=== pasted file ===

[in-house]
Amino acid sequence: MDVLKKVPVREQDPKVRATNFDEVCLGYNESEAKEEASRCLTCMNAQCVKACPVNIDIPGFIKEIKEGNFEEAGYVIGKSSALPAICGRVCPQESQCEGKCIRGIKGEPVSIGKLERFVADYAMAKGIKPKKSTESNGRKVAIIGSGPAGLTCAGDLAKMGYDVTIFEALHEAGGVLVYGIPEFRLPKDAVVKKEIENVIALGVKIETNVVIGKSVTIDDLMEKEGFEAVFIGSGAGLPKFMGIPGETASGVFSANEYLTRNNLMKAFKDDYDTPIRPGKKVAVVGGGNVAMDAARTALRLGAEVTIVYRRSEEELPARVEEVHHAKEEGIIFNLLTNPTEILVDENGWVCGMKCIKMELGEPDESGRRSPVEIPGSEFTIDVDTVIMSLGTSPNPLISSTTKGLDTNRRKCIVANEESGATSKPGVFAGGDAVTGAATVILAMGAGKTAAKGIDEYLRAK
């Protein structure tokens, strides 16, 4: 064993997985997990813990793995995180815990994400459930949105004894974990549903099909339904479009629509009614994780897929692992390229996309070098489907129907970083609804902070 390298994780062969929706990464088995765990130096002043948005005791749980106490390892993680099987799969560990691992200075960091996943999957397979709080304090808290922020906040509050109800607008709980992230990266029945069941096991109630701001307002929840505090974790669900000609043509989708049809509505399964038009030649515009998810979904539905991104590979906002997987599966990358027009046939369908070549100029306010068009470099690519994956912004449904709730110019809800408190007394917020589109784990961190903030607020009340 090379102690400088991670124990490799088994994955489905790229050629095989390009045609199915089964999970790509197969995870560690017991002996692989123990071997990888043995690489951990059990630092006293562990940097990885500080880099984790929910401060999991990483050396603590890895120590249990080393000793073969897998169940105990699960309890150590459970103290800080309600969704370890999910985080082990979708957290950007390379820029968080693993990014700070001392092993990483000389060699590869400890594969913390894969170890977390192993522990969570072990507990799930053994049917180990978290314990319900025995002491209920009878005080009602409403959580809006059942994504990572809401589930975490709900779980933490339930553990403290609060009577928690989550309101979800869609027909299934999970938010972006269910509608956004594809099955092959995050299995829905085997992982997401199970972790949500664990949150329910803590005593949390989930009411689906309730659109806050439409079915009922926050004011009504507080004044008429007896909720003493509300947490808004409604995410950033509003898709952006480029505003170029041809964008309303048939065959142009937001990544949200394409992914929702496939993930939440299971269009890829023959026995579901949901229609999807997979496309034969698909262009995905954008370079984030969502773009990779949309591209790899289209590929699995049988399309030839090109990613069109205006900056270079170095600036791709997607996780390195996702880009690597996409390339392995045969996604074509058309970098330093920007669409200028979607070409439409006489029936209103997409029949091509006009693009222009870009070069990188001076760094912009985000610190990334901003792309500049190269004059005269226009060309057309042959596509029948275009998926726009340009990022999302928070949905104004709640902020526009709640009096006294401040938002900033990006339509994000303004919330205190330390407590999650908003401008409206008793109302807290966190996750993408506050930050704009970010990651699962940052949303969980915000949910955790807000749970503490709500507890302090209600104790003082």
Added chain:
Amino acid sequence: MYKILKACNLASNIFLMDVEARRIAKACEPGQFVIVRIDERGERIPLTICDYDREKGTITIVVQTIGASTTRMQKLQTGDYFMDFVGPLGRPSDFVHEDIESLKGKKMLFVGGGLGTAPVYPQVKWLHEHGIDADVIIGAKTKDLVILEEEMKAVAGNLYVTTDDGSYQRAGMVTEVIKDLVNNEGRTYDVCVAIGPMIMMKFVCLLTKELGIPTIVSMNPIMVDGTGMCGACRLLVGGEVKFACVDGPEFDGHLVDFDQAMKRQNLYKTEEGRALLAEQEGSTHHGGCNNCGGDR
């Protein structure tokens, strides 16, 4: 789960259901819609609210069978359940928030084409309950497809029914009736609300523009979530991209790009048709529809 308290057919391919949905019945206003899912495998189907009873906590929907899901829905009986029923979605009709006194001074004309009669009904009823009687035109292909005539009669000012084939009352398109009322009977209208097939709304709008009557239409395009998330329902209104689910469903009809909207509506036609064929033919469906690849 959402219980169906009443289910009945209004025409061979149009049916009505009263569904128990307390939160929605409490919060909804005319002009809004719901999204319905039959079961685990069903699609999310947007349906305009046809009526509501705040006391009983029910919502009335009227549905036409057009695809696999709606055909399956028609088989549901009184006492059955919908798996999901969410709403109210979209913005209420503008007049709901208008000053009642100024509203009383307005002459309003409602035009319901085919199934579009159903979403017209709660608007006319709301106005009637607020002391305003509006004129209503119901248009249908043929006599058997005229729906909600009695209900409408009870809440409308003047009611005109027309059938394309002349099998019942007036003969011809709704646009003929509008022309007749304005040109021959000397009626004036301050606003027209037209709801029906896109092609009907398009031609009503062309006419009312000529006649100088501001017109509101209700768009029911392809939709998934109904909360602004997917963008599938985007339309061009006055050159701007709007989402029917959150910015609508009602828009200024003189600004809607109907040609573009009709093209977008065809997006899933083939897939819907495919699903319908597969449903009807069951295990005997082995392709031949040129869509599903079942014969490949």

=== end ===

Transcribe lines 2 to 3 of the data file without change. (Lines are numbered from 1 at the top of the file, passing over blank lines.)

Amino acid sequence: MDVLKKVPVREQDPKVRATNFDEVCLGYNESEAKEEASRCLTCMNAQCVKACPVNIDIPGFIKEIKEGNFEEAGYVIGKSSALPAICGRVCPQESQCEGKCIRGIKGEPVSIGKLERFVADYAMAKGIKPKKSTESNGRKVAIIGSGPAGLTCAGDLAKMGYDVTIFEALHEAGGVLVYGIPEFRLPKDAVVKKEIENVIALGVKIETNVVIGKSVTIDDLMEKEGFEAVFIGSGAGLPKFMGIPGETASGVFSANEYLTRNNLMKAFKDDYDTPIRPGKKVAVVGGGNVAMDAARTALRLGAEVTIVYRRSEEELPARVEEVHHAKEEGIIFNLLTNPTEILVDENGWVCGMKCIKMELGEPDESGRRSPVEIPGSEFTIDVDTVIMSLGTSPNPLISSTTKGLDTNRRKCIVANEESGATSKPGVFAGGDAVTGAATVILAMGAGKTAAKGIDEYLRAK
């Protein structure tokens, strides 16, 4: 064993997985997990813990793995995180815990994400459930949105004894974990549903099909339904479009629509009614994780897929692992390229996309070098489907129907970083609804902070 390298994780062969929706990464088995765990130096002043948005005791749980106490390892993680099987799969560990691992200075960091996943999957397979709080304090808290922020906040509050109800607008709980992230990266029945069941096991109630701001307002929840505090974790669900000609043509989708049809509505399964038009030649515009998810979904539905991104590979906002997987599966990358027009046939369908070549100029306010068009470099690519994956912004449904709730110019809800408190007394917020589109784990961190903030607020009340 090379102690400088991670124990490799088994994955489905790229050629095989390009045609199915089964999970790509197969995870560690017991002996692989123990071997990888043995690489951990059990630092006293562990940097990885500080880099984790929910401060999991990483050396603590890895120590249990080393000793073969897998169940105990699960309890150590459970103290800080309600969704370890999910985080082990979708957290950007390379820029968080693993990014700070001392092993990483000389060699590869400890594969913390894969170890977390192993522990969570072990507990799930053994049917180990978290314990319900025995002491209920009878005080009602409403959580809006059942994504990572809401589930975490709900779980933490339930553990403290609060009577928690989550309101979800869609027909299934999970938010972006269910509608956004594809099955092959995050299995829905085997992982997401199970972790949500664990949150329910803590005593949390989930009411689906309730659109806050439409079915009922926050004011009504507080004044008429007896909720003493509300947490808004409604995410950033509003898709952006480029505003170029041809964008309303048939065959142009937001990544949200394409992914929702496939993930939440299971269009890829023959026995579901949901229609999807997979496309034969698909262009995905954008370079984030969502773009990779949309591209790899289209590929699995049988399309030839090109990613069109205006900056270079170095600036791709997607996780390195996702880009690597996409390339392995045969996604074509058309970098330093920007669409200028979607070409439409006489029936209103997409029949091509006009693009222009870009070069990188001076760094912009985000610190990334901003792309500049190269004059005269226009060309057309042959596509029948275009998926726009340009990022999302928070949905104004709640902020526009709640009096006294401040938002900033990006339509994000303004919330205190330390407590999650908003401008409206008793109302807290966190996750993408506050930050704009970010990651699962940052949303969980915000949910955790807000749970503490709500507890302090209600104790003082």